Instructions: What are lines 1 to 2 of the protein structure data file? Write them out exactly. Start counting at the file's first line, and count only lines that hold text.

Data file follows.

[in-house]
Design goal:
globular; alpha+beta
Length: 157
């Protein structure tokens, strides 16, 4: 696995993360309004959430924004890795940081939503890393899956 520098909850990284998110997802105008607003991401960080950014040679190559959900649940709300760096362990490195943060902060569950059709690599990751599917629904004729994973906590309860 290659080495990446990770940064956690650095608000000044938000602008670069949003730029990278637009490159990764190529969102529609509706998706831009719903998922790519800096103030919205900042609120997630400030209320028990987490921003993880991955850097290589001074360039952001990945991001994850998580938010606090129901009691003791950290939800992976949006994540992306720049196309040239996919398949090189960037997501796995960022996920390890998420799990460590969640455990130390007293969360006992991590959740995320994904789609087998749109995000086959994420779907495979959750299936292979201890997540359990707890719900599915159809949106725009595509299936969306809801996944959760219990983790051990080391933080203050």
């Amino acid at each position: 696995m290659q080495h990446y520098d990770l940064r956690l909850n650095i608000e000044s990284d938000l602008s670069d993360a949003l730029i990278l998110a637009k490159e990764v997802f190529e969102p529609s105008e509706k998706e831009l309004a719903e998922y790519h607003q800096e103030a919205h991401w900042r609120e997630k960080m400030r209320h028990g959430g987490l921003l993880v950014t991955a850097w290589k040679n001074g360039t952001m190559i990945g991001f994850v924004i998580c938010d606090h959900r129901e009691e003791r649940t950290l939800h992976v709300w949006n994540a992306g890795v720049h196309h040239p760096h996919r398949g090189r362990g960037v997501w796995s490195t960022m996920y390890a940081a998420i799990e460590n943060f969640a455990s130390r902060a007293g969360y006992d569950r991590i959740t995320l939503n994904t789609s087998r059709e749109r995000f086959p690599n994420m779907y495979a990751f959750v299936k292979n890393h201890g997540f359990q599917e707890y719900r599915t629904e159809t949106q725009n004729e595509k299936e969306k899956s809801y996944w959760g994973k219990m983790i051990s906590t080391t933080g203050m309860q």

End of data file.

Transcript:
[in-house]
Design goal: